***image3***Occupation forces have nearly completed a fortified checkpoint to the northwest of Beit Iksa. This will ensure the loss of more land, which will be used to expand nearby settlements, as well as the severing of the village from the greater community. Residents, who rely on heath and educational services outside the village, will find access more restricted.
The residents of Beit Iksa are already surrounded on all sides. The Green Line lies to the south while the Ramot and Har Smuel settlements respectively block the east and north. To the west, the Wall cuts off villagers from the once close-by village of Beit Surik.
The village will be further sealed by the construction of a new fortified checkpoint to the northwest. Formerly, the way was blocked by a dirt mound and gate. Now, however, gates, a watchtower, and rooms are being completed on 20 â 30 dunums of village land. Jeeps and soldiers are already stationed there on a regular basis, harassing residents and checking permits.
Occupation representatives claim that much of the village land belongs to Israeli settlers, meaning that the isolated areas will be used for the expansion of nearby settlements. Before 1948 Beit Iksa possessed 14,500 dunums. 1,500 were lost during the Nakba, and 2,000 more were stolen after 1967; 1,500 for Ramot and 500 for Har Smuel. Of the remaining area, Occupation forces permit building on only 900 dunums, restricting prospects for natural growth.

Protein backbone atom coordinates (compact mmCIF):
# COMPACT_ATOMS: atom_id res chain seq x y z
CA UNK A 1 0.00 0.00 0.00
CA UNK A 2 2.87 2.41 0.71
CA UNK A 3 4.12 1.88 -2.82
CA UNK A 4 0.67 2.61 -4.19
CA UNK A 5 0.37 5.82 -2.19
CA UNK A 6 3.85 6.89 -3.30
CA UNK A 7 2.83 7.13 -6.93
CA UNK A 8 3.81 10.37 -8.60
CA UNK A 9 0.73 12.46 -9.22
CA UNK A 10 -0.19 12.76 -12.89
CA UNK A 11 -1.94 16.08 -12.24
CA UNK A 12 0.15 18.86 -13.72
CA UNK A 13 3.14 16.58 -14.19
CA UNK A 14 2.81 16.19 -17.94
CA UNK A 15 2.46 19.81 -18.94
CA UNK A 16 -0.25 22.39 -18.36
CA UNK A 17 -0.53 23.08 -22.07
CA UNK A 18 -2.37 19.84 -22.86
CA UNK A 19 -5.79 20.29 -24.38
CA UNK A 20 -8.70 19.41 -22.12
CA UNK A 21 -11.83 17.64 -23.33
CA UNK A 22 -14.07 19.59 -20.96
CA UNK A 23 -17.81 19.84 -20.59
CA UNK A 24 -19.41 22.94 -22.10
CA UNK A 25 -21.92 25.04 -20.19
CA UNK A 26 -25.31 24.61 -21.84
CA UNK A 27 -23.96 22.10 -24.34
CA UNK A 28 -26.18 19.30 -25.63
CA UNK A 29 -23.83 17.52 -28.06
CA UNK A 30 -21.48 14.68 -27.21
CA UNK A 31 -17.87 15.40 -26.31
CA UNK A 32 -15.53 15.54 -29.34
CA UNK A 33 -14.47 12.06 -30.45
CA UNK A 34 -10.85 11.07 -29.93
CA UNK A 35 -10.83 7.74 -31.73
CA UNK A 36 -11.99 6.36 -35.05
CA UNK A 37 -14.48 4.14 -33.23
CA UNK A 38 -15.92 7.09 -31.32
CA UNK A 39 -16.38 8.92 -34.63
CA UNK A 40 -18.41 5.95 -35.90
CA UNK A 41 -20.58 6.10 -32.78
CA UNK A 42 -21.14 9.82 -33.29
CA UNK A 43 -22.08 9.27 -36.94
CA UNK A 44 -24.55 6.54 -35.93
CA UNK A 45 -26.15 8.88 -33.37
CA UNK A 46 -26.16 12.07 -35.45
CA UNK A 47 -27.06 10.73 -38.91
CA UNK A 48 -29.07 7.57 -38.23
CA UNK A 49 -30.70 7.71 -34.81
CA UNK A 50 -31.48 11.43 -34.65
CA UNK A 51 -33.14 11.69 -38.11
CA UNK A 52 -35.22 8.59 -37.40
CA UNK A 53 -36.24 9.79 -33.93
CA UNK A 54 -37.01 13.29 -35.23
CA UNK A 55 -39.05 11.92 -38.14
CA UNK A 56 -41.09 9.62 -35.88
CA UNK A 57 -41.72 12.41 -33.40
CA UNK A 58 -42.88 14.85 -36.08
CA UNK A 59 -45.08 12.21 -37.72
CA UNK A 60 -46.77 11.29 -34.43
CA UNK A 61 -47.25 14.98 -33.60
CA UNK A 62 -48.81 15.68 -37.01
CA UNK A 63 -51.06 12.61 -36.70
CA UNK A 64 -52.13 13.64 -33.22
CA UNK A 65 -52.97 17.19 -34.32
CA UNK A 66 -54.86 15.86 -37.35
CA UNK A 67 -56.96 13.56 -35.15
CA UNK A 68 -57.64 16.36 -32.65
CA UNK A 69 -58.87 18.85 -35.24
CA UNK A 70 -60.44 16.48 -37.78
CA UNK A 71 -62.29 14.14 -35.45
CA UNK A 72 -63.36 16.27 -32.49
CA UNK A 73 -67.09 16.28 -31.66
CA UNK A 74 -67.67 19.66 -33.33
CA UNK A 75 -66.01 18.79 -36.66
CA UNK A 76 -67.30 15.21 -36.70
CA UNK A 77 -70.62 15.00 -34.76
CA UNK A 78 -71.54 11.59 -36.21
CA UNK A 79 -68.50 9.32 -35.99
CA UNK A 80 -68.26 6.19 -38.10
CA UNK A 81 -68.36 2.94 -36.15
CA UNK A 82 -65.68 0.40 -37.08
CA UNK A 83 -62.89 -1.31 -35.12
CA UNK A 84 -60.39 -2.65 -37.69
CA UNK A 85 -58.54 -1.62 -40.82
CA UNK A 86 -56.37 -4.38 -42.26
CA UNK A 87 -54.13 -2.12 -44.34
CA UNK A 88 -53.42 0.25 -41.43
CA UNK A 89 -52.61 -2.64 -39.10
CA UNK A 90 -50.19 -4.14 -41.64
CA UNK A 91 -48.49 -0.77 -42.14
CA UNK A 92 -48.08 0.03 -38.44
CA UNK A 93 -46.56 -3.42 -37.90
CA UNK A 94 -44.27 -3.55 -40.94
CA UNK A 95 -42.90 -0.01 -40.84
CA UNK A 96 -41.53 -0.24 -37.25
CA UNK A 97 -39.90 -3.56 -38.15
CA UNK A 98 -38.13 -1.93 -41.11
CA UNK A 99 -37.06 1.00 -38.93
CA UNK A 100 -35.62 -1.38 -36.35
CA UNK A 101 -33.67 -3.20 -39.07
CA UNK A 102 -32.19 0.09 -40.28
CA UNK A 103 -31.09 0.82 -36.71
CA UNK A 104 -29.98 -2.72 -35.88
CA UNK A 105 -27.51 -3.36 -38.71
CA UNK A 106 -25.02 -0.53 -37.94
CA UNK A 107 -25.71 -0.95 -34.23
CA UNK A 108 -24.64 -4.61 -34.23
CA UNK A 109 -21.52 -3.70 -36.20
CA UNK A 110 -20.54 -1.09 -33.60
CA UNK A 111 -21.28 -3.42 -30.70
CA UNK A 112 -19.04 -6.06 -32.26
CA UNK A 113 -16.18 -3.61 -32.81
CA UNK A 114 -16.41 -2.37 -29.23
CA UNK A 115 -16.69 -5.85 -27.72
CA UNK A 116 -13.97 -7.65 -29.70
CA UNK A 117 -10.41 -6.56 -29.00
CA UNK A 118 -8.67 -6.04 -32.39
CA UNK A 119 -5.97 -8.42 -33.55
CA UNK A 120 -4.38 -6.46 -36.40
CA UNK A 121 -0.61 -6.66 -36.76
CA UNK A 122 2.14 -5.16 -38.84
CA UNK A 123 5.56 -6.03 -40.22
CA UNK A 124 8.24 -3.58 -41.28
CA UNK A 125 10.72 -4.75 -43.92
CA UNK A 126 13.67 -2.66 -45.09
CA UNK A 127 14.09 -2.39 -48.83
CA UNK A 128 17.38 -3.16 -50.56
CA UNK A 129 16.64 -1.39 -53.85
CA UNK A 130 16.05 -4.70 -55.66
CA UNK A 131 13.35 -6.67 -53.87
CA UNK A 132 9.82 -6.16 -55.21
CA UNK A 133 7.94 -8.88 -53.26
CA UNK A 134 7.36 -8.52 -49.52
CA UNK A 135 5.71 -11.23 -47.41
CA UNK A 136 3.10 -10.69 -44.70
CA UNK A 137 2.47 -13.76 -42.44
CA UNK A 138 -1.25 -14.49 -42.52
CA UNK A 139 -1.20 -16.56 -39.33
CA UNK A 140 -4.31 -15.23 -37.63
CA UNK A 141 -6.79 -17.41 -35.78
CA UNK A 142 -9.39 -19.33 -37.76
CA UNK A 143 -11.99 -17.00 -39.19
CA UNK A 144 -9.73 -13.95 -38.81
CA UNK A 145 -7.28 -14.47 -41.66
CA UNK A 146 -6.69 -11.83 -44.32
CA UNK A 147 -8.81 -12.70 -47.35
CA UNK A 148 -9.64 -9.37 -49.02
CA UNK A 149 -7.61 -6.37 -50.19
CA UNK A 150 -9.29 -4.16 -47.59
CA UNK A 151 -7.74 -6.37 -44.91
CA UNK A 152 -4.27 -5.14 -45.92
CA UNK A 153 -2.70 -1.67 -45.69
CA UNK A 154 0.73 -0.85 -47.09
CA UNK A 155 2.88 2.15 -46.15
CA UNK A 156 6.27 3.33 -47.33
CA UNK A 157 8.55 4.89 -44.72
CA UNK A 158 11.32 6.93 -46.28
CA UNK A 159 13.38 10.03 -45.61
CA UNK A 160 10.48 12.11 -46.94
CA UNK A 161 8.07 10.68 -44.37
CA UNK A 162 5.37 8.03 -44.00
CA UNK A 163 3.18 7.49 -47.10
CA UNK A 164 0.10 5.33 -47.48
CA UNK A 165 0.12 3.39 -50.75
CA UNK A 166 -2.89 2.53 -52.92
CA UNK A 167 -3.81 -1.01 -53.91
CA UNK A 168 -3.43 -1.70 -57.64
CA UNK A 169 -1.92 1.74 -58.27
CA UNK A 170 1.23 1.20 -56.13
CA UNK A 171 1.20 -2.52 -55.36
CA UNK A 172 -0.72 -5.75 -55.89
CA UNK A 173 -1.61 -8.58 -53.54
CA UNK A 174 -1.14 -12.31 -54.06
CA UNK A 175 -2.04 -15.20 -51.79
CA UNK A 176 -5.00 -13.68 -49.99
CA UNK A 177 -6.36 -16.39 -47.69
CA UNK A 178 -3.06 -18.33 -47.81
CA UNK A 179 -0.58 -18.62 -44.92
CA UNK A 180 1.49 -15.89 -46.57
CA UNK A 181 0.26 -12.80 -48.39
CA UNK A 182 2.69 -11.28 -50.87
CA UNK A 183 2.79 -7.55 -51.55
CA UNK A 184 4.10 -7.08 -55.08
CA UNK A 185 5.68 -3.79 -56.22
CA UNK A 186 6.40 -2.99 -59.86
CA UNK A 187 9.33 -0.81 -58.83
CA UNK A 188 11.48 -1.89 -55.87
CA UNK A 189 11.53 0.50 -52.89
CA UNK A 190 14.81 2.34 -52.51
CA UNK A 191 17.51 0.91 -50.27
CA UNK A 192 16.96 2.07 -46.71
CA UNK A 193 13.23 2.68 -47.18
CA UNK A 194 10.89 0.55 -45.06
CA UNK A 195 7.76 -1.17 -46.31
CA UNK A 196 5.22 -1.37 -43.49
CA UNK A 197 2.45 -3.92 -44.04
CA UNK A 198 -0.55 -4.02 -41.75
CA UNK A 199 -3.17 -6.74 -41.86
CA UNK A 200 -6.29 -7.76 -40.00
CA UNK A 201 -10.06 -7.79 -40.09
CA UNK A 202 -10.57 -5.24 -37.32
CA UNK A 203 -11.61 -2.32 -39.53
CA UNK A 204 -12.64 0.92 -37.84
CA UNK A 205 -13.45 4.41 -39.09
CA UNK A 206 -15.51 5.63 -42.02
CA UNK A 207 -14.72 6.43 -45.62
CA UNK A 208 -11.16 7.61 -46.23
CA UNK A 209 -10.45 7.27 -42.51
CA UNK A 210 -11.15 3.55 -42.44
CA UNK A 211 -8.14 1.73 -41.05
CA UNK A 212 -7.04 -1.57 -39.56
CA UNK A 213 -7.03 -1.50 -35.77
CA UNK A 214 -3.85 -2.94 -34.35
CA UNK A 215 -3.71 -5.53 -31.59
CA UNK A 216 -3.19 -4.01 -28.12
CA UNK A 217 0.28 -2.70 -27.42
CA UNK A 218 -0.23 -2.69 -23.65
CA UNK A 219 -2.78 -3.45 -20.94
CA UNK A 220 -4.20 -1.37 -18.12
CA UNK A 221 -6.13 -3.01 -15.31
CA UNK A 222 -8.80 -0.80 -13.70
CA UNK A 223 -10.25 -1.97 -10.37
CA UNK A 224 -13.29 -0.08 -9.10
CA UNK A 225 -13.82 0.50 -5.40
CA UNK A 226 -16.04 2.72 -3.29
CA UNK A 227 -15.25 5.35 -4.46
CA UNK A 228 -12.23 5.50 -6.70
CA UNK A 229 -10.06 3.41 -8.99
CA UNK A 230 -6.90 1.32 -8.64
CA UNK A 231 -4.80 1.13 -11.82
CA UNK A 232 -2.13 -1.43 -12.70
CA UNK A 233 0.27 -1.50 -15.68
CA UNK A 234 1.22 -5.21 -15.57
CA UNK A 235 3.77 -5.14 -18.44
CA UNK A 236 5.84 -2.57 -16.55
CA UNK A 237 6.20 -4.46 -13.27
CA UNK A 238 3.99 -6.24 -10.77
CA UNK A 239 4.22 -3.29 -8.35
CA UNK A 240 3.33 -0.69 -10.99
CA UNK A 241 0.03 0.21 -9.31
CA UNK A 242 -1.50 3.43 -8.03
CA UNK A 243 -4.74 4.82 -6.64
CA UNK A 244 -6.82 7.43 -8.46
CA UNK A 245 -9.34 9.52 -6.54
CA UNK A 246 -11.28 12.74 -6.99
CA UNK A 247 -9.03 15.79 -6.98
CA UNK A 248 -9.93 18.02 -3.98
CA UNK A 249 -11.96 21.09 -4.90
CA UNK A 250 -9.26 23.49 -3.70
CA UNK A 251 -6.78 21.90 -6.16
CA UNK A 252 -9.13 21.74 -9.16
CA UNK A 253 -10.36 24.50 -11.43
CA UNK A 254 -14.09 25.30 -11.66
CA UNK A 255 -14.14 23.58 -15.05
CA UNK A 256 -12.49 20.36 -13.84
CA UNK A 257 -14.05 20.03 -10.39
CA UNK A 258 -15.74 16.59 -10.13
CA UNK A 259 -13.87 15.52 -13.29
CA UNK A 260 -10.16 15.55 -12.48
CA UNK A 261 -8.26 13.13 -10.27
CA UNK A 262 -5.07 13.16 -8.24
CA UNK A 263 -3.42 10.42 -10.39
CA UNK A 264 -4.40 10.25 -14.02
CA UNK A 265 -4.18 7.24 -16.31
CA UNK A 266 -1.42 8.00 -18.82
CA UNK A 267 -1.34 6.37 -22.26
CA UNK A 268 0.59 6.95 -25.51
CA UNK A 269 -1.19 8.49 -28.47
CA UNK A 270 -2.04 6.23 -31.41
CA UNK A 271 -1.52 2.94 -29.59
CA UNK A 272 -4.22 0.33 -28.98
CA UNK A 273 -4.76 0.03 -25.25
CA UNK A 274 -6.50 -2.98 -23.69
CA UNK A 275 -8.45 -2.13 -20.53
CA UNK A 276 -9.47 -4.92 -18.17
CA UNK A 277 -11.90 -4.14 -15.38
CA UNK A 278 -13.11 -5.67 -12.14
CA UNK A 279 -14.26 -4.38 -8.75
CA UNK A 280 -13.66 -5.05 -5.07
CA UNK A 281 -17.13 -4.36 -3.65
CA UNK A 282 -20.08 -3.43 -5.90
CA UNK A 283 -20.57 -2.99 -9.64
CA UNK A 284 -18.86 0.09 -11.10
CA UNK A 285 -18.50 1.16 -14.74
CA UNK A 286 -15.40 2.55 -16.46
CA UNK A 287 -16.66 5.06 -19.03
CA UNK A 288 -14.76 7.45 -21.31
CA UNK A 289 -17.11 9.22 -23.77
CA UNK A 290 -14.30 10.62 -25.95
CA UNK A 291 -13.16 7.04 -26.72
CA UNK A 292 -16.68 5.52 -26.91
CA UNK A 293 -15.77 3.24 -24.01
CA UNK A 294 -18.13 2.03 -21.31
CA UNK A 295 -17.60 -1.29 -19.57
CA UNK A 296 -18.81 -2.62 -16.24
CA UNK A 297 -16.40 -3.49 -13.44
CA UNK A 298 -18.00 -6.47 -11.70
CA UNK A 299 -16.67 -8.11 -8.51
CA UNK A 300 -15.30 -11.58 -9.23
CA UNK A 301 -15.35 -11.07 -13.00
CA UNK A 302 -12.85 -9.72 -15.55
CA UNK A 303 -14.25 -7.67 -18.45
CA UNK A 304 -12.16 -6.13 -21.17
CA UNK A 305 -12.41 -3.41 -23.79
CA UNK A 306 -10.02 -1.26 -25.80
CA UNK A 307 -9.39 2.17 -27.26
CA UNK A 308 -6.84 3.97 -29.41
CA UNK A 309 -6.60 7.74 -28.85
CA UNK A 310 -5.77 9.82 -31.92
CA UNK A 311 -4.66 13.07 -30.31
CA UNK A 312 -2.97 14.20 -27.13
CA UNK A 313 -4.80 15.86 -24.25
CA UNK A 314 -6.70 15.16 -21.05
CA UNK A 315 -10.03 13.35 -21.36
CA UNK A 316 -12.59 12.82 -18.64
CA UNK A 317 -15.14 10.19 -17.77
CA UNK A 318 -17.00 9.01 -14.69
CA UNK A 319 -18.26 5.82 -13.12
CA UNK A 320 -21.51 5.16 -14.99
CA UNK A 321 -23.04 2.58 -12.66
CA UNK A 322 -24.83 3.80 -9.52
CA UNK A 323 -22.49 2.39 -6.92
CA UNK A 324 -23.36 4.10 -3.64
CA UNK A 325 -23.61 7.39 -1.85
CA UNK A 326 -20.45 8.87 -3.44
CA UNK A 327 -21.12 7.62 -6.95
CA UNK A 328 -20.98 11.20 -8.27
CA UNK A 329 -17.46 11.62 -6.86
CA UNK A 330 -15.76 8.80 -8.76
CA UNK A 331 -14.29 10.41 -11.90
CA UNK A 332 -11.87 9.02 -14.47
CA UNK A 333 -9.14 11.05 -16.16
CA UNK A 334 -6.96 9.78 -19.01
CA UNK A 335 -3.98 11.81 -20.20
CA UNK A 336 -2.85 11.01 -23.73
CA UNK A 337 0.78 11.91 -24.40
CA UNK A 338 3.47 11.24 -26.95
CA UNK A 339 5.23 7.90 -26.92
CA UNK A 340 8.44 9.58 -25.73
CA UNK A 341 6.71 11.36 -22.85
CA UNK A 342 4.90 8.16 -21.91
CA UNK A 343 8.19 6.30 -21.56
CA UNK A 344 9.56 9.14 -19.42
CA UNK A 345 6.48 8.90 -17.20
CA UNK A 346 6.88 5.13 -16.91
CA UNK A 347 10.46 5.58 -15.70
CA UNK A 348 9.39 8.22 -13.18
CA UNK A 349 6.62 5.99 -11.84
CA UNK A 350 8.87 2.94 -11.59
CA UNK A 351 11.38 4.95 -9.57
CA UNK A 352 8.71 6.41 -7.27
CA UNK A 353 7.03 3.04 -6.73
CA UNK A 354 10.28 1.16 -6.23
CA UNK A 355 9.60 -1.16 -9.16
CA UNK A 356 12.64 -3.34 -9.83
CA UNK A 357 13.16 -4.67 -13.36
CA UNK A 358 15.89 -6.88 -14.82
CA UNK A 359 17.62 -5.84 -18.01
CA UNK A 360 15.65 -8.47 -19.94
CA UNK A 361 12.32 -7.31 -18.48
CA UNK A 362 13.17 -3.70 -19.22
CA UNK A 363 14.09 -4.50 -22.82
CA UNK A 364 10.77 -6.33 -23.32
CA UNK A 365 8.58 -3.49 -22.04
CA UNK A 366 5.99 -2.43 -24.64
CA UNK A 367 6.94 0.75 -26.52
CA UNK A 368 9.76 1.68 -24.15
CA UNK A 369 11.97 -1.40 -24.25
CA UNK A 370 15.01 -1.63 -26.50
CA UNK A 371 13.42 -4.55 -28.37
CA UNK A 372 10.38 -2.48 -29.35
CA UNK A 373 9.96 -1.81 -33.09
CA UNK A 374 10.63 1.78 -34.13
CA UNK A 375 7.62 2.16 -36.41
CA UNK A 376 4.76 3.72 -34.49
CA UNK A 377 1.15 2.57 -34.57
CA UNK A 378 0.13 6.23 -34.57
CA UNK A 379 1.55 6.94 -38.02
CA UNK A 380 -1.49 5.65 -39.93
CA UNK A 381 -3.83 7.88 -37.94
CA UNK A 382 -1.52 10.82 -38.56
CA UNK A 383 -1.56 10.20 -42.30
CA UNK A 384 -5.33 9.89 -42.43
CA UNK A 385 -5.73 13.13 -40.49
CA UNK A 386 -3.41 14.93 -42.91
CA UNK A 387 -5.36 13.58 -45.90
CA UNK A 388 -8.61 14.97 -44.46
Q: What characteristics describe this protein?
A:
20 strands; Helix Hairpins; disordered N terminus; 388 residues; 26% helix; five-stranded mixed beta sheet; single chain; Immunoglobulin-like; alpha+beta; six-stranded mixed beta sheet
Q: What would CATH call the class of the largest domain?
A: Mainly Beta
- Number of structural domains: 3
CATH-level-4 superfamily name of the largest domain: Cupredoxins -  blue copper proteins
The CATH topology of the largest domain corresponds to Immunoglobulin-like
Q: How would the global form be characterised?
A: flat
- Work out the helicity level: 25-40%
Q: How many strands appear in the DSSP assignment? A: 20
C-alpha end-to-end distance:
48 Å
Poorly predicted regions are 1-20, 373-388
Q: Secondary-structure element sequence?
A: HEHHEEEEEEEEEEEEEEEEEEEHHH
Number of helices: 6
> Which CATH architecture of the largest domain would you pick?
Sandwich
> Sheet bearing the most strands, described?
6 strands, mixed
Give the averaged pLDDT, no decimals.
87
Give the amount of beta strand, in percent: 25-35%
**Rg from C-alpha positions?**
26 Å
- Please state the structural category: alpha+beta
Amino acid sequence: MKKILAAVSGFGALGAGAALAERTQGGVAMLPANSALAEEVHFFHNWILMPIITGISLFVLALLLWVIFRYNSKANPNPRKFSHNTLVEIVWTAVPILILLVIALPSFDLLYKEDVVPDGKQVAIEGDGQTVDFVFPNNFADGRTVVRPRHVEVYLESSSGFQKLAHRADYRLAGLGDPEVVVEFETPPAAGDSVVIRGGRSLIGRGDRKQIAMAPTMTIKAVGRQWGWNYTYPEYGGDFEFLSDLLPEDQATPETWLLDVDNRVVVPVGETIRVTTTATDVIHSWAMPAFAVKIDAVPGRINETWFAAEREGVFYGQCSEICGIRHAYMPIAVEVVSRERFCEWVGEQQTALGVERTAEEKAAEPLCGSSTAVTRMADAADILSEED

Not only will the village permanently lose more land, but will be even further cut off from the greater community. There are 30 â 40 university students who have no choice but to daily pass through the checkpoint; the same goes for the many who work outside the village.
As a small village, Beit Iksa also relies on larger urban centers for basic services. A key example is health; within the village there is only a small clinic staffed by a single doctor. Any serious medical condition or emergency will require a trip through the checkpoint, which may be closed for a variety of reasons by soldiers or commanders.
In the end, the piece-meal isolation of the village is a small part of the larger campaign of ethnic cleansing taking place around Jerusalem, wherein the expanding ring of settlements is swallowing up the land of Beit Iksa and other Palestinian villages.